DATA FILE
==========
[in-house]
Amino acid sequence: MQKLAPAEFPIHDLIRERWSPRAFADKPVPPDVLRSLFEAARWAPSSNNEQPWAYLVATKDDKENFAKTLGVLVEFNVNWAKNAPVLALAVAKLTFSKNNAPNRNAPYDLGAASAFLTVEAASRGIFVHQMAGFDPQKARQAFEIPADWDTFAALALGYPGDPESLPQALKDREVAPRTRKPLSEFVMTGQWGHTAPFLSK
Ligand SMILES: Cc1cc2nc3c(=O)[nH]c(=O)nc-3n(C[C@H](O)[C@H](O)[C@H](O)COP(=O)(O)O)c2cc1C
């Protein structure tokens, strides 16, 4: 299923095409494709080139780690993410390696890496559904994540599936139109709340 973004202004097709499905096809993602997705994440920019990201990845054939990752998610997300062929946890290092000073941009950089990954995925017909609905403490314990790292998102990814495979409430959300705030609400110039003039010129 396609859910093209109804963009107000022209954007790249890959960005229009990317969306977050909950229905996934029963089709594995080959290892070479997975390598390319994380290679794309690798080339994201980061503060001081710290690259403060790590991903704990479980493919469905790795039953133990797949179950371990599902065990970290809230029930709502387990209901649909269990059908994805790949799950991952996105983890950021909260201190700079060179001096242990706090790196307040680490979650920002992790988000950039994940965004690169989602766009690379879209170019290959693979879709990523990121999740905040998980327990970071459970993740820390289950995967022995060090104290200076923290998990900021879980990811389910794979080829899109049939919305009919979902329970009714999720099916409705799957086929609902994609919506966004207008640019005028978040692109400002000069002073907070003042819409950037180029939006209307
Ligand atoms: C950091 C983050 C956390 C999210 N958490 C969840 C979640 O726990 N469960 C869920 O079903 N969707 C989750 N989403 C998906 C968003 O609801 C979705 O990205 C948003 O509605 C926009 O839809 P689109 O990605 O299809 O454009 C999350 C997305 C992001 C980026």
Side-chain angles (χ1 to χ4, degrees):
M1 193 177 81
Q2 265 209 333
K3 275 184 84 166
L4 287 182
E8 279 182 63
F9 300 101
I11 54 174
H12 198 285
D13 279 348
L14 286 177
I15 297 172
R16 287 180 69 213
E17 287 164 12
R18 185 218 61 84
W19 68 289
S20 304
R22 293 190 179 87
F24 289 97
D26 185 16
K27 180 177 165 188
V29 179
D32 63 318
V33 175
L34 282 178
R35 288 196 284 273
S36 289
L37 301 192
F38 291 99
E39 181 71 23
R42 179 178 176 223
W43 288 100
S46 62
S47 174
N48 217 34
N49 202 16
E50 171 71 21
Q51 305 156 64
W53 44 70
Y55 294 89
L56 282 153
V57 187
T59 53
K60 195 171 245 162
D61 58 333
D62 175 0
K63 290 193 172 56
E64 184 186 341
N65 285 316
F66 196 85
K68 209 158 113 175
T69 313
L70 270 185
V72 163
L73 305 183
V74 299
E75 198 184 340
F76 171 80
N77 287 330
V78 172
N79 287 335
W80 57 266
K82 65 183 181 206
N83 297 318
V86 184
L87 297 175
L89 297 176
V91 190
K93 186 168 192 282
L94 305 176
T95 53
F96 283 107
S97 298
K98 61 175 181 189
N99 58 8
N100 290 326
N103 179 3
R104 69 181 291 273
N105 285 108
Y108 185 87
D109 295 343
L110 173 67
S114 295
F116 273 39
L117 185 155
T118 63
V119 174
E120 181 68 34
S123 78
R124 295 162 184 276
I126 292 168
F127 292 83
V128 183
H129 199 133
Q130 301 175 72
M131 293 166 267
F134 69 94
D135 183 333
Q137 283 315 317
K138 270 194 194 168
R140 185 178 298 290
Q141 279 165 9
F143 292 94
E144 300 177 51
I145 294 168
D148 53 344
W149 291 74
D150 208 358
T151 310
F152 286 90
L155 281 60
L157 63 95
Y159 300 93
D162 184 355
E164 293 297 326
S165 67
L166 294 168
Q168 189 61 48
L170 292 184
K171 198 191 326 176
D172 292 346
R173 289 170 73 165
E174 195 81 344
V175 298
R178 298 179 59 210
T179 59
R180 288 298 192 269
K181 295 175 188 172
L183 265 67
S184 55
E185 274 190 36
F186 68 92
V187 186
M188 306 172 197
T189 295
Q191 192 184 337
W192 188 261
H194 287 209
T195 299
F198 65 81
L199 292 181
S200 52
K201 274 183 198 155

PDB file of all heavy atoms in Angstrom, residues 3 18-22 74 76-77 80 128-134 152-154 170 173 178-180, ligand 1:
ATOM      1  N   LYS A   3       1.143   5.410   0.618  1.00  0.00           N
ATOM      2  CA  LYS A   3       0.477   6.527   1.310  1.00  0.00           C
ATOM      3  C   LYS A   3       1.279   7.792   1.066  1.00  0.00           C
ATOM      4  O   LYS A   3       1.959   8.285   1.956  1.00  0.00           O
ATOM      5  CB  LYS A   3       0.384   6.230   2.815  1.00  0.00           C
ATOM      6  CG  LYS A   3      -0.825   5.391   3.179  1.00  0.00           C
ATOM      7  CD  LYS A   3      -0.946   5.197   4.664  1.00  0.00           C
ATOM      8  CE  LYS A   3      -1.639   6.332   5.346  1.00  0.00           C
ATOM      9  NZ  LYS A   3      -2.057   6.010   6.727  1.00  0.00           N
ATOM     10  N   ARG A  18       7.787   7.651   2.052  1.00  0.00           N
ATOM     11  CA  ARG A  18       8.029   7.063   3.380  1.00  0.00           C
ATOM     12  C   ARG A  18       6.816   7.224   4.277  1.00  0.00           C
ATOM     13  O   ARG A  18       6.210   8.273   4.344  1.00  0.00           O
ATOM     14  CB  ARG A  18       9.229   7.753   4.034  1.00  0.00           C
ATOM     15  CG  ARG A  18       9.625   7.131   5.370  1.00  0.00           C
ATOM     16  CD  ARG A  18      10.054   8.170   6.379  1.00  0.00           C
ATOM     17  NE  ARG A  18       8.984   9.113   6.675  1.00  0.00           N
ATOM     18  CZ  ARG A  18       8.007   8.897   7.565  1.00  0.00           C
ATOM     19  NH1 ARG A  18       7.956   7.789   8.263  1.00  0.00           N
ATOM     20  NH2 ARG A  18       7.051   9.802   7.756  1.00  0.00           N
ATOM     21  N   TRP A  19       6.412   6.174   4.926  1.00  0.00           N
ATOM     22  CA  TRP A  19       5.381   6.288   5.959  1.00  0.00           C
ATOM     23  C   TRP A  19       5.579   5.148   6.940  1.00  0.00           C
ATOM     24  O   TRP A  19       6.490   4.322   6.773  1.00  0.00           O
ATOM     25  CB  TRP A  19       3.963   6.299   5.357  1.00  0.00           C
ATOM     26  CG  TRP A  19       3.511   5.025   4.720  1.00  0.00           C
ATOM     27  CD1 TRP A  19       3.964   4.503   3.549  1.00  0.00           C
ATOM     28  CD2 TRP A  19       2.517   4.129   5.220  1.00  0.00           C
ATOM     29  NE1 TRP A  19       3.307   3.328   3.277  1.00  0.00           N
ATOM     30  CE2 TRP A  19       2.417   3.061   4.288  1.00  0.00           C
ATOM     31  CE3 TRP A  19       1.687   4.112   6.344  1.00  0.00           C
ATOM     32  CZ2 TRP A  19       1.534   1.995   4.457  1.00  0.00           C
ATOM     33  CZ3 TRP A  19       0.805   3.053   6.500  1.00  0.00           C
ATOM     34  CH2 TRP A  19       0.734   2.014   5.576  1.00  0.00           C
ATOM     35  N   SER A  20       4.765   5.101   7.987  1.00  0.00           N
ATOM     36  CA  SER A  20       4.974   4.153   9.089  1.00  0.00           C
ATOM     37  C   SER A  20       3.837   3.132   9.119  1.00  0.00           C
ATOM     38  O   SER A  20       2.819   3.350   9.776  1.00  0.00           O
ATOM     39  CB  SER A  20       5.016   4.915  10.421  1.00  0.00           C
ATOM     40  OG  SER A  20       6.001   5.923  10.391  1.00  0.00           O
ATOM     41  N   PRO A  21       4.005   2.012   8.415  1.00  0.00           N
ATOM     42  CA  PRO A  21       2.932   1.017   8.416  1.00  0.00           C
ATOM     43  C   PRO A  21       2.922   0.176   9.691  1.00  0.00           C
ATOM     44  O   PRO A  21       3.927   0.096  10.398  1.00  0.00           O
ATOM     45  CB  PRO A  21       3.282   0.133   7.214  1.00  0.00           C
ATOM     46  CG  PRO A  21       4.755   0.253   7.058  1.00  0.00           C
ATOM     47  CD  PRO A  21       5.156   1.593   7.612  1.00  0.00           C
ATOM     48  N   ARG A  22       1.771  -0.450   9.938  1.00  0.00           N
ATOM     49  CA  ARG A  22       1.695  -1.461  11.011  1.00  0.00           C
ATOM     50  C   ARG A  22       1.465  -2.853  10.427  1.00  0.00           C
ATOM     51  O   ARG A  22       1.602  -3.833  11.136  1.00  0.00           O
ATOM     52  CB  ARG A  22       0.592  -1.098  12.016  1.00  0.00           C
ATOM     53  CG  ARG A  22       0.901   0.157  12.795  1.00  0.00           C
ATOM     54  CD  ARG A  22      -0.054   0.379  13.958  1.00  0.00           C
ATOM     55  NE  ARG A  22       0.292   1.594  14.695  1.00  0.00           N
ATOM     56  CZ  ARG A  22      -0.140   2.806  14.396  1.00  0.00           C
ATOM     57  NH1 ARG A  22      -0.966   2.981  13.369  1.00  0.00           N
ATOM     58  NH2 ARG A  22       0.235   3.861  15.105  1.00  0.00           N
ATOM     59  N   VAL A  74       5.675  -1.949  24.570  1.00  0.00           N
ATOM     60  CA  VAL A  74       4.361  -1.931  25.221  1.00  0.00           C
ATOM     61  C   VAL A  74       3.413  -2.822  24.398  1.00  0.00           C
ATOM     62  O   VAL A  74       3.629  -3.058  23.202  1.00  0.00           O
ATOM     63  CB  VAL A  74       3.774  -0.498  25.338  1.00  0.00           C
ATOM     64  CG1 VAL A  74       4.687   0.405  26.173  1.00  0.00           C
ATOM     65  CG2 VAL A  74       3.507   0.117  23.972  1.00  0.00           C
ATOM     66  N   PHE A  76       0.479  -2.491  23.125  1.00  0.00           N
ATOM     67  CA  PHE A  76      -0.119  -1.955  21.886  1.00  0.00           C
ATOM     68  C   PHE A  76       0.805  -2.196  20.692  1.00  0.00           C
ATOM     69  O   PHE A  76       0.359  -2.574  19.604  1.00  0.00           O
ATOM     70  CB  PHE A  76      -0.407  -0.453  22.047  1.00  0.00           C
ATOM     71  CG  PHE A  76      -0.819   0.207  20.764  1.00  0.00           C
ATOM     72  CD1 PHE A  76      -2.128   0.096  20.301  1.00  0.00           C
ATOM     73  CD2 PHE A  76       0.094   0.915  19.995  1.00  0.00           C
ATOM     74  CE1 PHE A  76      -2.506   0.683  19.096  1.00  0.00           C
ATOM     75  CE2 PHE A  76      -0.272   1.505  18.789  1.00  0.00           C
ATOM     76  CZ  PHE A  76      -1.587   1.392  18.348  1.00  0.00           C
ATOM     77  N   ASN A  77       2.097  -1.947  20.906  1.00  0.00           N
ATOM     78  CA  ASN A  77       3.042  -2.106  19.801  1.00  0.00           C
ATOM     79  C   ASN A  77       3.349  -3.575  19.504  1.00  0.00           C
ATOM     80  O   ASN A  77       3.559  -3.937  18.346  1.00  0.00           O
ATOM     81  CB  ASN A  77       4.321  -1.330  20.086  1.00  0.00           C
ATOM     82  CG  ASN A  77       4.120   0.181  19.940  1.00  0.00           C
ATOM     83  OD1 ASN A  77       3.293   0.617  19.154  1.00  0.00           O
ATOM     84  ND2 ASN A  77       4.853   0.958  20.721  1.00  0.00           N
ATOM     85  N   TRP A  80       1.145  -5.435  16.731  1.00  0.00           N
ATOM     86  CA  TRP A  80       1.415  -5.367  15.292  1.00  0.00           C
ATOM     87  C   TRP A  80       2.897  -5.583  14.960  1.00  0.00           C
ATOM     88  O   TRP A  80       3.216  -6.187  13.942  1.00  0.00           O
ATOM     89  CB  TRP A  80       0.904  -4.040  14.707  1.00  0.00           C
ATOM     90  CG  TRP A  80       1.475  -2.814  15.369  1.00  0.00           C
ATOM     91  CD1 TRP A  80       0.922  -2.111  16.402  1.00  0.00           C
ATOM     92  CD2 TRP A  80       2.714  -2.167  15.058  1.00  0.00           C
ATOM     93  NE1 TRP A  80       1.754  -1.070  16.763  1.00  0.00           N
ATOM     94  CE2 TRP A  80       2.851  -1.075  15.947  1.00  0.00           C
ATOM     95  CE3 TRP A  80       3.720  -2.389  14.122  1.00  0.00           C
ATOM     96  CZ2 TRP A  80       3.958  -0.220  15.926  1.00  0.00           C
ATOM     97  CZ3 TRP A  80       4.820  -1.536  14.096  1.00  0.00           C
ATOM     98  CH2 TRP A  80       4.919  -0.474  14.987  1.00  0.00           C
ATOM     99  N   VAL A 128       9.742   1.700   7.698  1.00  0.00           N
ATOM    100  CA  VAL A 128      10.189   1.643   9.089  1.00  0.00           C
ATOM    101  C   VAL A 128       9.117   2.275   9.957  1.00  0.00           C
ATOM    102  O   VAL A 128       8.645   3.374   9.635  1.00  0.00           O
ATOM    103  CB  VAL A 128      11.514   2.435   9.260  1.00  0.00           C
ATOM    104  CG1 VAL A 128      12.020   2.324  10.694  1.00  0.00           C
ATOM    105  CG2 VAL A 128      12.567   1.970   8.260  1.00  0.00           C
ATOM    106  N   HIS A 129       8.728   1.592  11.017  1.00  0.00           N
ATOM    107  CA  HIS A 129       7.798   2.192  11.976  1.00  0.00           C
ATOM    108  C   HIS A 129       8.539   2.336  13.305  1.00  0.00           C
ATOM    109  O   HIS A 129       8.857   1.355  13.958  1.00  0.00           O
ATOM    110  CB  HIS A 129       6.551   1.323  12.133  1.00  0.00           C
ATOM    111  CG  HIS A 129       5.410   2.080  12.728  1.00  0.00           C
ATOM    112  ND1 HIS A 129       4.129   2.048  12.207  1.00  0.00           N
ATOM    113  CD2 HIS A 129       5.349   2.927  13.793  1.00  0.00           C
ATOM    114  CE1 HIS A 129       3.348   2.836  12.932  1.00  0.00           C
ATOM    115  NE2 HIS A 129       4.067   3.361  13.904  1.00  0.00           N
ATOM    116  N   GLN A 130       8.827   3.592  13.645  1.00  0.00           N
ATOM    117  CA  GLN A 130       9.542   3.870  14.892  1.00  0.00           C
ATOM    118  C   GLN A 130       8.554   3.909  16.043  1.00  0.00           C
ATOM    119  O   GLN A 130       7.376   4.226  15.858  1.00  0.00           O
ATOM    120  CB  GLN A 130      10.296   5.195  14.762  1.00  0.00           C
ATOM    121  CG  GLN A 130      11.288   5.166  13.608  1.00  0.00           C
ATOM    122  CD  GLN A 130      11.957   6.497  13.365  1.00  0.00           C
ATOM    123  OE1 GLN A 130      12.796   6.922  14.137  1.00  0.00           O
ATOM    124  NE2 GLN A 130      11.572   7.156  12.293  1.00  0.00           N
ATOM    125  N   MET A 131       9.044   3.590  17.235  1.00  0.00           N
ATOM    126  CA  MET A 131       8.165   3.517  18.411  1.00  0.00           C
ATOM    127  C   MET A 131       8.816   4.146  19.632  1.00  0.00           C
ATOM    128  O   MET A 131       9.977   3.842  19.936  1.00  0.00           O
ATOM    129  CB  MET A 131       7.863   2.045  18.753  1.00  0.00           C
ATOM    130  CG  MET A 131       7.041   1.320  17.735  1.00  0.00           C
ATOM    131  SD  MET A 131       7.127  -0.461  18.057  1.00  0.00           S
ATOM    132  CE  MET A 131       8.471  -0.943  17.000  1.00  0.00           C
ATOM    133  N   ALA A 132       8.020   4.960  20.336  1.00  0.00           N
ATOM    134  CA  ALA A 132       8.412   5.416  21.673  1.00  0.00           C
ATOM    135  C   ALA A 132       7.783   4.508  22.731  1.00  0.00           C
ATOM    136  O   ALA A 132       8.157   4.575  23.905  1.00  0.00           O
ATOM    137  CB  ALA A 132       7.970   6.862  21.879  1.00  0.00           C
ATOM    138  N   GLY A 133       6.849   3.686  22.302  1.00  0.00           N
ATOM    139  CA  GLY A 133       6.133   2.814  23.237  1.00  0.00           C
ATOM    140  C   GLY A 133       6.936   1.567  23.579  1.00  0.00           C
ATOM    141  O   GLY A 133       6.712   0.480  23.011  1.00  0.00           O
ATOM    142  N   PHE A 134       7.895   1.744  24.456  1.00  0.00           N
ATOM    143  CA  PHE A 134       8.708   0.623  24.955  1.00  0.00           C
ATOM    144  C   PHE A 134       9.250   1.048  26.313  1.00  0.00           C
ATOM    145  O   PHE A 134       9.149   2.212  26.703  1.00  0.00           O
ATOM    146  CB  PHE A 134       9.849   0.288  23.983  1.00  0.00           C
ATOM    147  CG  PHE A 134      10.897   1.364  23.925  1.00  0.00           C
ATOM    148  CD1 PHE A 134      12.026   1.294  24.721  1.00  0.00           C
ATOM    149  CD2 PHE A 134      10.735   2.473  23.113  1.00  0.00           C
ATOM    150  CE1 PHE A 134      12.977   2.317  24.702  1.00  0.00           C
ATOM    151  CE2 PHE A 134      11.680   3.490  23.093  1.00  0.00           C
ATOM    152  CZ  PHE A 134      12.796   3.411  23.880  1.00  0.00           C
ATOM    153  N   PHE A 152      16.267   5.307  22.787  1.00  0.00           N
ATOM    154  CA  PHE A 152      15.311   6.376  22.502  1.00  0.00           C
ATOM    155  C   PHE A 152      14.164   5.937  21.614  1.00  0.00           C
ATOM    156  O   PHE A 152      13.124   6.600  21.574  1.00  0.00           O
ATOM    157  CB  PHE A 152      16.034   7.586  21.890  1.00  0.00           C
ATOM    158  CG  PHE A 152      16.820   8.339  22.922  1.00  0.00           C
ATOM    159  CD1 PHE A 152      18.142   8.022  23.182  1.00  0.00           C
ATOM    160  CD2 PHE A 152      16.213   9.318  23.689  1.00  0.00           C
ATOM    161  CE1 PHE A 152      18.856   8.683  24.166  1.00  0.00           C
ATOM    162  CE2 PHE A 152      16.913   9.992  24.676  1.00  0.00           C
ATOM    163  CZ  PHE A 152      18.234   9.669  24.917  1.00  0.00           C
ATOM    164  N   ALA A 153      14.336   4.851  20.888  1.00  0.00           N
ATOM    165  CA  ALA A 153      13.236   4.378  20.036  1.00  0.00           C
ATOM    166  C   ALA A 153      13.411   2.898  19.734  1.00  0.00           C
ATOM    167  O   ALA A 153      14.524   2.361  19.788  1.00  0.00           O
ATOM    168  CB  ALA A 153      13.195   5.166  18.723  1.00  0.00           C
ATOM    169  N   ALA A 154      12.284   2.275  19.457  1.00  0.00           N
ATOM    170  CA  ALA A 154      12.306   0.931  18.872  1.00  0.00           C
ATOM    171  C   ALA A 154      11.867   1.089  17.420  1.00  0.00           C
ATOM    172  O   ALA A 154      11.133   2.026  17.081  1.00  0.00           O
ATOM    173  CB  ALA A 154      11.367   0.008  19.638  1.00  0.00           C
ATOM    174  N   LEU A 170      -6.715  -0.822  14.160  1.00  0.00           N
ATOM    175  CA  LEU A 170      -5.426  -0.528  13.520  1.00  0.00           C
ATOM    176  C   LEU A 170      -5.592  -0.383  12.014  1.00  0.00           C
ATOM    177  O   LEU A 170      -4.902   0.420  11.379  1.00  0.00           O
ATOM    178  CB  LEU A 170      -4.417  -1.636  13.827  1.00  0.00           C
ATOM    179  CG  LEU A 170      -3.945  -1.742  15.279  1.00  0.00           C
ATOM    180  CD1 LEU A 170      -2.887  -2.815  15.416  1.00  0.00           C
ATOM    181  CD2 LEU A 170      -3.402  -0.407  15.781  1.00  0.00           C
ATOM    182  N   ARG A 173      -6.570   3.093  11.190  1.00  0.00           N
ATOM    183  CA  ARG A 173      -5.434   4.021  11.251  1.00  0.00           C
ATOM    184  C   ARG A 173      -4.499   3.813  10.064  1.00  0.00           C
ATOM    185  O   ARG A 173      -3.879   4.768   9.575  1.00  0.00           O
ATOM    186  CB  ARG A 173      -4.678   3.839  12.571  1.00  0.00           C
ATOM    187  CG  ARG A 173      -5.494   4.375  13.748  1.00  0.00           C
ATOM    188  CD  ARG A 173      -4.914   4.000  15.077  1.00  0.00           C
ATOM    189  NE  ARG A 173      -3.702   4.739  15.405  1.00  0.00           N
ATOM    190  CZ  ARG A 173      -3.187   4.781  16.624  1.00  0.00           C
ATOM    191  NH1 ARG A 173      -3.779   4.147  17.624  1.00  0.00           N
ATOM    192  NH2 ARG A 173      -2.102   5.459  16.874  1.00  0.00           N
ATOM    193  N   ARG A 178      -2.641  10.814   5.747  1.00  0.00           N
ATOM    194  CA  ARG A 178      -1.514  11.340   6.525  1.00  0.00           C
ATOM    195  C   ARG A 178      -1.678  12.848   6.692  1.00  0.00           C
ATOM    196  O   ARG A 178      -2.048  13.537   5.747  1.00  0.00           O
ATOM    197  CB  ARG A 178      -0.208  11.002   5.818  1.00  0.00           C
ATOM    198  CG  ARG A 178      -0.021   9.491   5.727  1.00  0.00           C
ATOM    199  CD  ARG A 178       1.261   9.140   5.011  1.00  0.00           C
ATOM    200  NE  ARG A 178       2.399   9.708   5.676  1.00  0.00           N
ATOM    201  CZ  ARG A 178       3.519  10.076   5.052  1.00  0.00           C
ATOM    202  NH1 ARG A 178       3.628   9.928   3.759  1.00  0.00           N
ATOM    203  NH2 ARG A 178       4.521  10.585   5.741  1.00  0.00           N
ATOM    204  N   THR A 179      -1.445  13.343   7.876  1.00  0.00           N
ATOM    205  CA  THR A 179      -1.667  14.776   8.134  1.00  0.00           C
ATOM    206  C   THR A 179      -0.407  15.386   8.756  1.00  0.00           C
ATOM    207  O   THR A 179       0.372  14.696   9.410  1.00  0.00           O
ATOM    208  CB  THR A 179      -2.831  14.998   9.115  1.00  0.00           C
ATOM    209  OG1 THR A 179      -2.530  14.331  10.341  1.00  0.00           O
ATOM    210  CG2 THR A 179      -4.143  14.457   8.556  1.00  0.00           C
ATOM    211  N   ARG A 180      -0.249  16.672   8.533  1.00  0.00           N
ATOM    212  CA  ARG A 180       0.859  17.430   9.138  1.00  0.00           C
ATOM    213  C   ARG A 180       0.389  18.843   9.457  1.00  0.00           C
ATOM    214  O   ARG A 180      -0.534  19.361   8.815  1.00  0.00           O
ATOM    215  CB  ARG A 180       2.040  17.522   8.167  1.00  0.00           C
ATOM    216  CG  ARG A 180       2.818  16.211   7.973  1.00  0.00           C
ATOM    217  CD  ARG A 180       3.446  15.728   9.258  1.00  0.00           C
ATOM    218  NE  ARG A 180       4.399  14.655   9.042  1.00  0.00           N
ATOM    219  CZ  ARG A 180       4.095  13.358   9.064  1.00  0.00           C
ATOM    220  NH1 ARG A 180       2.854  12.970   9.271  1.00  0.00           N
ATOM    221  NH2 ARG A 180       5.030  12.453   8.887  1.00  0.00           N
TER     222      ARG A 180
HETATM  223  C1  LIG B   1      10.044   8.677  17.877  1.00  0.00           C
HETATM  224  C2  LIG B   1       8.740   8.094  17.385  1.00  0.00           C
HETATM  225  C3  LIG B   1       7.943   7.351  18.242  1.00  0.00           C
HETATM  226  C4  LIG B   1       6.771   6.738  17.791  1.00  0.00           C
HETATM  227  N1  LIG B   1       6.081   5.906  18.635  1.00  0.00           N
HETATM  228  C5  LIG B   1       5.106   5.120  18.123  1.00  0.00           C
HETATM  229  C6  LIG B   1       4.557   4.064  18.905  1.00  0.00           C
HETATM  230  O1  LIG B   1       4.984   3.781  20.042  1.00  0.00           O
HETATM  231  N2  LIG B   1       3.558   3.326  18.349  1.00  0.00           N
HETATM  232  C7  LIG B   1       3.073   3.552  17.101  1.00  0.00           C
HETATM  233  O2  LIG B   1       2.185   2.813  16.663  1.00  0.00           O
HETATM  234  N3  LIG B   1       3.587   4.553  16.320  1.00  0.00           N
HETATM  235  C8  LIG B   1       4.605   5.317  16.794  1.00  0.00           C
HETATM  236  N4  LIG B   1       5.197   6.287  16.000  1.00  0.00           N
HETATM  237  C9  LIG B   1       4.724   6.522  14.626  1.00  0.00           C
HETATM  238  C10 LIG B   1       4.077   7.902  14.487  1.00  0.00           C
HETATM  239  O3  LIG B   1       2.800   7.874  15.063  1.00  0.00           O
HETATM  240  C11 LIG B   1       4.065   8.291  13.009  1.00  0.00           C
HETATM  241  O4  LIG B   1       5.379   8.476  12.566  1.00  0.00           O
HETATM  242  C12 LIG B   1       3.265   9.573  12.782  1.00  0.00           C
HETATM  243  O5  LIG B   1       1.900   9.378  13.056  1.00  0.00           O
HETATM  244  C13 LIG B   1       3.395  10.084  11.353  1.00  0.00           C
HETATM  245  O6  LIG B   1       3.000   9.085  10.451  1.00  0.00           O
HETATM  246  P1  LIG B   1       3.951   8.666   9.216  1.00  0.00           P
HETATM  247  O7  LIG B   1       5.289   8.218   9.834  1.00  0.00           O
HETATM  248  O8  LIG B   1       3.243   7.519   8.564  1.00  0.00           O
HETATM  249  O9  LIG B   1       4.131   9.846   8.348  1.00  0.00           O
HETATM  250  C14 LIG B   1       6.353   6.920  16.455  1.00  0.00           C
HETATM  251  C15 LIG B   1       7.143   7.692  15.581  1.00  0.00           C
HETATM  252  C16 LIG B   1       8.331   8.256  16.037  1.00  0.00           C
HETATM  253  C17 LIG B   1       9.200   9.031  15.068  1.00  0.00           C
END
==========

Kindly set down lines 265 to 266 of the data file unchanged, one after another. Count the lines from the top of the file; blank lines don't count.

ATOM    116  N   GLN A 130       8.827   3.592  13.645  1.00  0.00           N
ATOM    117  CA  GLN A 130       9.542   3.870  14.892  1.00  0.00           C